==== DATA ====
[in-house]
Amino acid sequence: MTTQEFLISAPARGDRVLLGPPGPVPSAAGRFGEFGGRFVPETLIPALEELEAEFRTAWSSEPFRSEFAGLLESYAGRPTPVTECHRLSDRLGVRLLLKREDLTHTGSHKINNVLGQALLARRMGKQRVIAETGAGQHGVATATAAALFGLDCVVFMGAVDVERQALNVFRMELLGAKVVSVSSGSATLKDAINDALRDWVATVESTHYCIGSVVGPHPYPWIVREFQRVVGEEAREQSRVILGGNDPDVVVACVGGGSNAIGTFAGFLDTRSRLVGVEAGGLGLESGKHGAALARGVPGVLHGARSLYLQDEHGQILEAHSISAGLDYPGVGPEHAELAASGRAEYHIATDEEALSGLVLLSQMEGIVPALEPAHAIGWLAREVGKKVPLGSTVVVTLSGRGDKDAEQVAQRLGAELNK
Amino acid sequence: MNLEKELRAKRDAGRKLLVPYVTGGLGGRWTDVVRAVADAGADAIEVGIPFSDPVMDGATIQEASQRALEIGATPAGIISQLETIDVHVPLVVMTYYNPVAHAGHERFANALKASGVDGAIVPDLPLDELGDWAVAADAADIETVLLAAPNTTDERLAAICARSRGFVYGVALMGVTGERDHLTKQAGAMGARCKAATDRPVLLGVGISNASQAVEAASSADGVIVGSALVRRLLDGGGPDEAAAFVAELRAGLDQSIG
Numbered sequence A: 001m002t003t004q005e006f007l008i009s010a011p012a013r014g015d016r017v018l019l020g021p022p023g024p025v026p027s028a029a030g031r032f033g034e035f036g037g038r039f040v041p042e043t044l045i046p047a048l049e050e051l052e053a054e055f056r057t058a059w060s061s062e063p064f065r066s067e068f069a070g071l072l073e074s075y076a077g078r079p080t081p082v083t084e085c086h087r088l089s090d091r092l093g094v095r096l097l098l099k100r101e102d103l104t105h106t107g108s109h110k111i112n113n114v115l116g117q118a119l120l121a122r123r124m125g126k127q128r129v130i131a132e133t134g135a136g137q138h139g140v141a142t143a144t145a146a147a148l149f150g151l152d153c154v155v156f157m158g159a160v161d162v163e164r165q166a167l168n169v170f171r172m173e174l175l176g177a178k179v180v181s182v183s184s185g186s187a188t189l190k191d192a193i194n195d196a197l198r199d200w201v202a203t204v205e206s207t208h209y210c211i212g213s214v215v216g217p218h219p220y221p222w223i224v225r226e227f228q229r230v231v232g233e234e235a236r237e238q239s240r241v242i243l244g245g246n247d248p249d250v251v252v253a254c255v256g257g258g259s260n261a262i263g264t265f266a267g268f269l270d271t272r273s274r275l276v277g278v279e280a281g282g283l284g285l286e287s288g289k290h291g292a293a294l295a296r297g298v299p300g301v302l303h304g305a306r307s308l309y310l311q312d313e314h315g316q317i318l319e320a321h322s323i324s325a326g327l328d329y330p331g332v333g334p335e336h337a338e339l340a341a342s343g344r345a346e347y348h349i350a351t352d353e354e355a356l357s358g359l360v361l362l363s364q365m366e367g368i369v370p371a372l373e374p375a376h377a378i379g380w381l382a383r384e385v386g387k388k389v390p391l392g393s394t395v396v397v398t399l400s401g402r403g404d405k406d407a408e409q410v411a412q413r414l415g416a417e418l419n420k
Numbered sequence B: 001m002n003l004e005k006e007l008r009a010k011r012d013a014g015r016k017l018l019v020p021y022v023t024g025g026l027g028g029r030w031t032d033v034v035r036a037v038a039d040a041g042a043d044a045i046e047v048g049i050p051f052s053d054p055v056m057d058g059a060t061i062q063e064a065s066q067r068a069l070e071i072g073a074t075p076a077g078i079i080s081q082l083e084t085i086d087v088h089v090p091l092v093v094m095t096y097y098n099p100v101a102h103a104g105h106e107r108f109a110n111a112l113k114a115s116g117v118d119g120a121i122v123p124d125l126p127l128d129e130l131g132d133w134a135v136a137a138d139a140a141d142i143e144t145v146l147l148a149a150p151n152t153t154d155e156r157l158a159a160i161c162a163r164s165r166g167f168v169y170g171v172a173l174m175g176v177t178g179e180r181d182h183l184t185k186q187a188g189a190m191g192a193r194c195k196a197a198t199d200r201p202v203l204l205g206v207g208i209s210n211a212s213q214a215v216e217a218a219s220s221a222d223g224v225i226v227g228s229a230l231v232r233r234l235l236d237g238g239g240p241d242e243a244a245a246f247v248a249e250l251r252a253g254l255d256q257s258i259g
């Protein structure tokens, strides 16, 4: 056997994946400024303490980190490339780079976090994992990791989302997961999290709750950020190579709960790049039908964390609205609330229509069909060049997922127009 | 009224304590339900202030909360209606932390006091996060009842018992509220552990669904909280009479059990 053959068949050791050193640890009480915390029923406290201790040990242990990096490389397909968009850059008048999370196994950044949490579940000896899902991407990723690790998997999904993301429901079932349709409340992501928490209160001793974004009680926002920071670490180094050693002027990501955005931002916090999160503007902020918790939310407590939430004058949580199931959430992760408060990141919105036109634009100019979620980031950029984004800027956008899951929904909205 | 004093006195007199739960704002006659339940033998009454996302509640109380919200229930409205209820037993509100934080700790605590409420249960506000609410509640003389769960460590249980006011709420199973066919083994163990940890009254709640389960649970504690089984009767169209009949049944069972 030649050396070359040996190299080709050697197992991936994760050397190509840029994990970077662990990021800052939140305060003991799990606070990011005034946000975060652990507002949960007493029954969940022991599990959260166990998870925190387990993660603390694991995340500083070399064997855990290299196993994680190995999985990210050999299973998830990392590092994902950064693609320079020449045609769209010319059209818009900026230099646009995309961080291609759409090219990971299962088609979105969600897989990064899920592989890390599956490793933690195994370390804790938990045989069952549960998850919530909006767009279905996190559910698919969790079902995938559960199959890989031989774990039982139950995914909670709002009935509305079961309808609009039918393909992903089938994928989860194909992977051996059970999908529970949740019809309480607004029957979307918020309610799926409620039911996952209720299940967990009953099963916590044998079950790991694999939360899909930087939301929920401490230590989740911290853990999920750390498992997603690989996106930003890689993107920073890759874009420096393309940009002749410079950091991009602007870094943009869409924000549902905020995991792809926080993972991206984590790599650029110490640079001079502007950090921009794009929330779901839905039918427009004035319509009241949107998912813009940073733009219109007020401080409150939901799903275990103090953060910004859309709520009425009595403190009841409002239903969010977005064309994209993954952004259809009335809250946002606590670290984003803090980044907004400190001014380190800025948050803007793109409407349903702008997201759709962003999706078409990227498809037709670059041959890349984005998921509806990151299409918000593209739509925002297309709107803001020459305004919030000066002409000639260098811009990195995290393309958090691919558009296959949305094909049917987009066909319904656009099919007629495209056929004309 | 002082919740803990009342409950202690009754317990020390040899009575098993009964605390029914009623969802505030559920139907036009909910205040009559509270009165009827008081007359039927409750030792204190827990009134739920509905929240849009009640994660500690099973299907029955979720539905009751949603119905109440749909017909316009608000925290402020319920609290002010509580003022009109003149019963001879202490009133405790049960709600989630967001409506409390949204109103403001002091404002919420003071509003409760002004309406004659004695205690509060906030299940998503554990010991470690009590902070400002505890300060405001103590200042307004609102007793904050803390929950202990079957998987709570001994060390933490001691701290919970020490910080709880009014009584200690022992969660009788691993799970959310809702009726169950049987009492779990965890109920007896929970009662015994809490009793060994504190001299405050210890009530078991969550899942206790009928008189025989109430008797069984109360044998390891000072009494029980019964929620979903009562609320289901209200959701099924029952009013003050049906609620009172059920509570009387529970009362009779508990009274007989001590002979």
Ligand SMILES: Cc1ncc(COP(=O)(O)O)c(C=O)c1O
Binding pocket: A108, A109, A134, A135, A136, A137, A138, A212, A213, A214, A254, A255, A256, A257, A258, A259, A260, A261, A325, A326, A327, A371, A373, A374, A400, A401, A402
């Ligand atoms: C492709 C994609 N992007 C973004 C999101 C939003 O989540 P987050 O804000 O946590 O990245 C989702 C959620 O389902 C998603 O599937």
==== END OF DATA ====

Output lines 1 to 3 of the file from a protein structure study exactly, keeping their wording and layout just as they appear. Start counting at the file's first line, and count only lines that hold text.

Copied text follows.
[in-house]
Amino acid sequence: MTTQEFLISAPARGDRVLLGPPGPVPSAAGRFGEFGGRFVPETLIPALEELEAEFRTAWSSEPFRSEFAGLLESYAGRPTPVTECHRLSDRLGVRLLLKREDLTHTGSHKINNVLGQALLARRMGKQRVIAETGAGQHGVATATAAALFGLDCVVFMGAVDVERQALNVFRMELLGAKVVSVSSGSATLKDAINDALRDWVATVESTHYCIGSVVGPHPYPWIVREFQRVVGEEAREQSRVILGGNDPDVVVACVGGGSNAIGTFAGFLDTRSRLVGVEAGGLGLESGKHGAALARGVPGVLHGARSLYLQDEHGQILEAHSISAGLDYPGVGPEHAELAASGRAEYHIATDEEALSGLVLLSQMEGIVPALEPAHAIGWLAREVGKKVPLGSTVVVTLSGRGDKDAEQVAQRLGAELNK
Amino acid sequence: MNLEKELRAKRDAGRKLLVPYVTGGLGGRWTDVVRAVADAGADAIEVGIPFSDPVMDGATIQEASQRALEIGATPAGIISQLETIDVHVPLVVMTYYNPVAHAGHERFANALKASGVDGAIVPDLPLDELGDWAVAADAADIETVLLAAPNTTDERLAAICARSRGFVYGVALMGVTGERDHLTKQAGAMGARCKAATDRPVLLGVGISNASQAVEAASSADGVIVGSALVRRLLDGGGPDEAAAFVAELRAGLDQSIG